Do we prevent somebody being hurt by superstition or faith by rejecting and challenging those things? 

Is it mistaken to support organised religion in membership or donations?

If people do good because they are human, not because God prompts them then is it right to risk giving God any credit when they alone own their good?

Patrick H


"Faith helps Christians because faith is just like a placebo prescribed by a doctor, the intent of which is to deceive patients into thinking it will solve their ills...The healing is therefore self-caused".

From Christianity is Not Great (All Quotes are from this excellent book, edited by John Loftus)


The quote is quite good but not perfect.


It is good that it states that faith and deception go together.


It is good to state that the healing comes not from faith but from the person with faith.


It needs to be careful with what it said about the healing.  The placebo lifts your spirits so it is an emotional healing  but if there there is a cancer there or something physically wrong it is dangerous to feel cured when you are not.


If you feel better it can help you fight off your illness better.  The placebo NEVER directly helps the illness.


I'd have liked to see the above book develop the point that the placebo of religion is not just about feeling better and safer in a scary universe, but also about feeling good about your so-called sins and your bad side. The placebo deals with the symptoms you have not the causes so it should only be tolerated or facilitated for very serious reasons. The ethical person tells the sick person that a placebo was used and says, "Okay, now do you see that if you feel you are getting better and believe it, how good that is for you? You did this because of the placebo. The placebo did not do it. Go and feel confident in yourself. You know your power now. Tell yourself that you have the power to heal yourself. Tell yourself that often and let that be your placebo from now on."




The placebo relieves the pain that comes from knowing that things are not good.


If you believe in the placebo, and if you expect your mind and body to respond to taking one, that can produce a beneficial response. Imagine if you thought that green tea made you feel happier - taking the first sip would be enough to trigger a happy response.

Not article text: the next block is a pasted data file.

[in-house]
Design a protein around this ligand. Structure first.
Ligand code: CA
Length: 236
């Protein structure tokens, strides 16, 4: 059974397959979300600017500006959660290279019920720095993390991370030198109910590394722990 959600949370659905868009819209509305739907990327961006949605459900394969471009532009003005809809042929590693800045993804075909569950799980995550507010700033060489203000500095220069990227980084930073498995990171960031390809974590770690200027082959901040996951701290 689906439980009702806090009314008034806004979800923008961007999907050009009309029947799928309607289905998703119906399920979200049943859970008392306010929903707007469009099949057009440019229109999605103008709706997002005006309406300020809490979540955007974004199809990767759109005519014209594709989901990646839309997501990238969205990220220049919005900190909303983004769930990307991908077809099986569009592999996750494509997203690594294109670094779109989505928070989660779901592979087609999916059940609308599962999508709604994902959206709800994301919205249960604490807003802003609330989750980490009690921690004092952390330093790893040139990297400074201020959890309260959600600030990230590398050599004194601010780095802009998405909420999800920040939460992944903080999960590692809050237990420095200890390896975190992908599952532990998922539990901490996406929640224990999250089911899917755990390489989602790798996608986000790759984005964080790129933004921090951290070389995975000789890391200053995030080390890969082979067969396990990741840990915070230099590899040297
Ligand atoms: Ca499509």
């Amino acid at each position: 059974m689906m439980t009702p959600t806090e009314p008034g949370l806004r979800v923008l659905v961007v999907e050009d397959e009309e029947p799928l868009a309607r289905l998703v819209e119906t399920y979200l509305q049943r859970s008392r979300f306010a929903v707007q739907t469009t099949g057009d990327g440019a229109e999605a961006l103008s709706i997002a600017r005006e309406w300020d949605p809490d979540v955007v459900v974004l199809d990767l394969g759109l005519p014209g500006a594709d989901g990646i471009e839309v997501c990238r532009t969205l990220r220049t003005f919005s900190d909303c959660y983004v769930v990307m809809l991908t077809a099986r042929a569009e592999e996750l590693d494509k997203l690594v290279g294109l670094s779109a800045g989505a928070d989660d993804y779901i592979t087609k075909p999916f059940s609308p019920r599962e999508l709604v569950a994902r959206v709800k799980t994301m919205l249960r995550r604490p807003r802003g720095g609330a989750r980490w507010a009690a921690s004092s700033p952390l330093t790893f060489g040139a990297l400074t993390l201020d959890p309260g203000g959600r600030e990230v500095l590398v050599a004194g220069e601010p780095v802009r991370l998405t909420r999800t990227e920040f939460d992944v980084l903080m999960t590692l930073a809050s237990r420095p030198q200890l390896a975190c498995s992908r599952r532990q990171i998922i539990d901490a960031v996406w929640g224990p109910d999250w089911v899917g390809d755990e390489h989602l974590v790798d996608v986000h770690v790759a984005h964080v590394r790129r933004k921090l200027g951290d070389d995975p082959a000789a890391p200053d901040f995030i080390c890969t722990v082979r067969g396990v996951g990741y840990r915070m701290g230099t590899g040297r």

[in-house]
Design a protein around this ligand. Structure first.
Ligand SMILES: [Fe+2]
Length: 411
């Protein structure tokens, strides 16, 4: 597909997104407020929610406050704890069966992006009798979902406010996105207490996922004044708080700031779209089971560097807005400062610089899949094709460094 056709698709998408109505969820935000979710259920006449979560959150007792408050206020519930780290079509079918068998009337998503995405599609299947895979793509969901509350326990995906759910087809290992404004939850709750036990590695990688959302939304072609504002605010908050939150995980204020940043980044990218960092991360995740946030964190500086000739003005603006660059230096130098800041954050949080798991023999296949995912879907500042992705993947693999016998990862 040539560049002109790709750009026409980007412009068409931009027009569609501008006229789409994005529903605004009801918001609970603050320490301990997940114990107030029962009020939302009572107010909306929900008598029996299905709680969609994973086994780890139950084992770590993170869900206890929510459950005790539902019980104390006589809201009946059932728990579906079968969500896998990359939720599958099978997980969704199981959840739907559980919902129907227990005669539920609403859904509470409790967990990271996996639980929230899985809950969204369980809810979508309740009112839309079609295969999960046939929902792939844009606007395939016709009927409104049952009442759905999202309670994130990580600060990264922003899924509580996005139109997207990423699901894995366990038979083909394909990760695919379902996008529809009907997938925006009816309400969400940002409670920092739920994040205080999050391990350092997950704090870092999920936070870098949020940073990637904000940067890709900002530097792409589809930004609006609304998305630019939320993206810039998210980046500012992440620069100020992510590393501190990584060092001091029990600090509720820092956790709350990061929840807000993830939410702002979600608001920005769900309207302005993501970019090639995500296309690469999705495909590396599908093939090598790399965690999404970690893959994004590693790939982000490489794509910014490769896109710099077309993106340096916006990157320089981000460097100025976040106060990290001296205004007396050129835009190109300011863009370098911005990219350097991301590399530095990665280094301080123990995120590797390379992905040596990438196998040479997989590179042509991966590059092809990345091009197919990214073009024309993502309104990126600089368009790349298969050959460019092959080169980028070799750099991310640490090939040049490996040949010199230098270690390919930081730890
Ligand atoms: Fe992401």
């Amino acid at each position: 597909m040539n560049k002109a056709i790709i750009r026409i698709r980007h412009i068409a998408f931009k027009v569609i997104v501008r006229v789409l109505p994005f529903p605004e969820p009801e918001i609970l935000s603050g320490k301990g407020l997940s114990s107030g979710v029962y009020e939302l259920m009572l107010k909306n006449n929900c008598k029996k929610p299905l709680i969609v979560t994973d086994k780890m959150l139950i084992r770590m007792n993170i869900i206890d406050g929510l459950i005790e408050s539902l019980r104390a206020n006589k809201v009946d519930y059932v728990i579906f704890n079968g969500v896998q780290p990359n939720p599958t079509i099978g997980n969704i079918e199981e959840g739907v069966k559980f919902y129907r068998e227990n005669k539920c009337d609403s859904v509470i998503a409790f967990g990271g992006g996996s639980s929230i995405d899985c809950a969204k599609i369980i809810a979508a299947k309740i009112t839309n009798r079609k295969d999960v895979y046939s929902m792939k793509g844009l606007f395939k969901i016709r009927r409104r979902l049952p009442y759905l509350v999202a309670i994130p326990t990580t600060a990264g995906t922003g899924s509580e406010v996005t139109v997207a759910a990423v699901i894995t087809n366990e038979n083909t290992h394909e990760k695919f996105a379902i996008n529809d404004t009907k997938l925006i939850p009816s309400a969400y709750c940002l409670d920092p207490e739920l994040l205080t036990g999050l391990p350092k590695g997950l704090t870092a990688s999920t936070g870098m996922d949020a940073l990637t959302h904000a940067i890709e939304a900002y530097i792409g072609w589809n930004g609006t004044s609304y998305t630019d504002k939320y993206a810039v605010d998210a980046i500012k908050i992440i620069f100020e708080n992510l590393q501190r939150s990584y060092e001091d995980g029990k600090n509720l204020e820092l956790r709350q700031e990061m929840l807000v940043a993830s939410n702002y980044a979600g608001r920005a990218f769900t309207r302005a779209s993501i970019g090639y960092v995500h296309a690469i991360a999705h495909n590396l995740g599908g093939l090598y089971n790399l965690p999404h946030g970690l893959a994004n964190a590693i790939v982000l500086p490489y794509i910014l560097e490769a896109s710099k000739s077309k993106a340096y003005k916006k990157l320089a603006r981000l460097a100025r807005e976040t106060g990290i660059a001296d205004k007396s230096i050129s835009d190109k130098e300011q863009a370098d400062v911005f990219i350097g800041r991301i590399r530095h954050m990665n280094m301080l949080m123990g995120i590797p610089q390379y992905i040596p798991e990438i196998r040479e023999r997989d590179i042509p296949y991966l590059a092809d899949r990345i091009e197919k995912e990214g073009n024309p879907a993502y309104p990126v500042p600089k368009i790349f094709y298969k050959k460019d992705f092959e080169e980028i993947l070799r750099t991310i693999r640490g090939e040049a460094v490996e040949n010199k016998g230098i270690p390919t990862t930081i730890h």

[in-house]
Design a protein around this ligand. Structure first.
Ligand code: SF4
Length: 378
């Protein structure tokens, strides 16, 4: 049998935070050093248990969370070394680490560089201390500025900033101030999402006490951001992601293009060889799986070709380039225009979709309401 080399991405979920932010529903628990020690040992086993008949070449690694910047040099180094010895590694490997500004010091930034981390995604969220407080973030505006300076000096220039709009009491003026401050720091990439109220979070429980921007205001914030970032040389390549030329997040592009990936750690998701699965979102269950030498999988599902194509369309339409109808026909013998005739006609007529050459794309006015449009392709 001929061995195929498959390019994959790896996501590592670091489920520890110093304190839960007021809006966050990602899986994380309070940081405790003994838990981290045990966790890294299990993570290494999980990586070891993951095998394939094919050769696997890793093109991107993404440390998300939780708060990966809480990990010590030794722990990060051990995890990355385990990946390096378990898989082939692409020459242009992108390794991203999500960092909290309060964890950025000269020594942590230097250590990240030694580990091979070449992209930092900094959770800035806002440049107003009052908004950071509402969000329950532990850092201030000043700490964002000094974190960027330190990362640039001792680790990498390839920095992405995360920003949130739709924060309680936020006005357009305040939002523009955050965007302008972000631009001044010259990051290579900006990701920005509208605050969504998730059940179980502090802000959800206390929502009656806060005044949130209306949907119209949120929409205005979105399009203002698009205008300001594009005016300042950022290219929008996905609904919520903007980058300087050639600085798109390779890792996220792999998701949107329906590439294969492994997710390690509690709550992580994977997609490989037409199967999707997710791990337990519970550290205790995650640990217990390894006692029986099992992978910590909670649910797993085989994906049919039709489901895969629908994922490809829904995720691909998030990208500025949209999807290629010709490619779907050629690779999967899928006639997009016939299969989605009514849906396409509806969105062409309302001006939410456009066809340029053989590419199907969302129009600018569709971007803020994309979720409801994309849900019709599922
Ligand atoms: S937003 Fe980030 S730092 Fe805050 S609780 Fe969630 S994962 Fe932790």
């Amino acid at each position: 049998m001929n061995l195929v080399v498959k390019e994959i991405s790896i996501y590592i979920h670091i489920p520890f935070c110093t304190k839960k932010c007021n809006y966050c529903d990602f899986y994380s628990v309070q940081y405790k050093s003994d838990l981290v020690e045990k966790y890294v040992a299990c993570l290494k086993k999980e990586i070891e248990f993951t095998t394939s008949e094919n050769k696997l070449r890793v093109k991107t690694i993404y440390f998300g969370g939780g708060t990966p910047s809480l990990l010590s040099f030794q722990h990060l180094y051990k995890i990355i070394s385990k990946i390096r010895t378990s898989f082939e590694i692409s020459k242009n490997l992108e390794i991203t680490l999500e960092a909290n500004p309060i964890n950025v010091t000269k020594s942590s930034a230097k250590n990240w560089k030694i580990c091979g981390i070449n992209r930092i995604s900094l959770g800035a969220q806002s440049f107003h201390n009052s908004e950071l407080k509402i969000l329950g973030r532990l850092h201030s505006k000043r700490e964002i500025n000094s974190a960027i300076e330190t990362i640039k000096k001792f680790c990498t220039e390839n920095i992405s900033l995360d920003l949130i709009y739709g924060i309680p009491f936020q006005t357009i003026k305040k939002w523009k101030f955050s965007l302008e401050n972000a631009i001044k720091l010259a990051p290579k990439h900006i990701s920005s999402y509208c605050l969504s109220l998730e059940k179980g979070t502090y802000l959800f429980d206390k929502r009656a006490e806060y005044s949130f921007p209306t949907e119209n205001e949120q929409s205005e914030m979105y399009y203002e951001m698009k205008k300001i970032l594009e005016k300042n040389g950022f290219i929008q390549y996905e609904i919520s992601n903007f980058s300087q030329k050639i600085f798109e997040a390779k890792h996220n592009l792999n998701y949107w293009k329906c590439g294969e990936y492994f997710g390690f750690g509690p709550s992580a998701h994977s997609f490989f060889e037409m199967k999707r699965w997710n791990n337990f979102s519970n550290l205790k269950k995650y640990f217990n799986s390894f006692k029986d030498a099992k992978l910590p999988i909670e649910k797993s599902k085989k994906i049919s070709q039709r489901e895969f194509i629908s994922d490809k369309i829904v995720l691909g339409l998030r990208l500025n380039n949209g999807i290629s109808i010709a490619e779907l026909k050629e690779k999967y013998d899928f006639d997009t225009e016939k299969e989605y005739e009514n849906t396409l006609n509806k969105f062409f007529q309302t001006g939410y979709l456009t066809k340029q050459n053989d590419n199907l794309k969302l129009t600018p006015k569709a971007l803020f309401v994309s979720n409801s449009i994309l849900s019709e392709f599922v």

The placebo makes you believe that it is not that bad or you are getting better or you are cured.


A placebo is fundamentally a mechanism by which you seek to dodge the truth because you think it relieves or stops pain. It does not follow that the truth is really as painful as you imagine. The sensible person makes the truth her or his "placebo" instead of trying to look for quick and ultimately harmful solutions.


The placebo is offered for problems with physical health and mental health. It is easy for people to imagine that it helps their souls when it fails to do anything for body and mind. Using a placebo for alleged spiritual ill-health is one of today's biggest and most foolproof scams. For example, there are people out there who sell spells and sacraments in order to develop peace of mind and heart in you.



A placebo works because of you. It is you. However, it is trying to give your power away to a belief or idea. A belief or idea has no power to look after you so a placebo is dangerous in that sense. It is like putting a baby outside by herself and expecting nothing bad to happen. The elements are not going to look after her.


The only sensible and responsible "placebo" comes from learning that you can and will accept the terrible things that cannot be avoided in life and that you can and will embrace the good things too.


No matter what you do or don't do, you either help or you don't. Helping a bit is fine but helping a bit is not fine if it is not enough. The question is not, "How do I help?" The question is, "What is the best thing to do?" These questions are not asked. The placebo should be used sparingly or as little as possible. If the questions were asked it would be uncommon.




You look to the future and imagine your marriage could break down.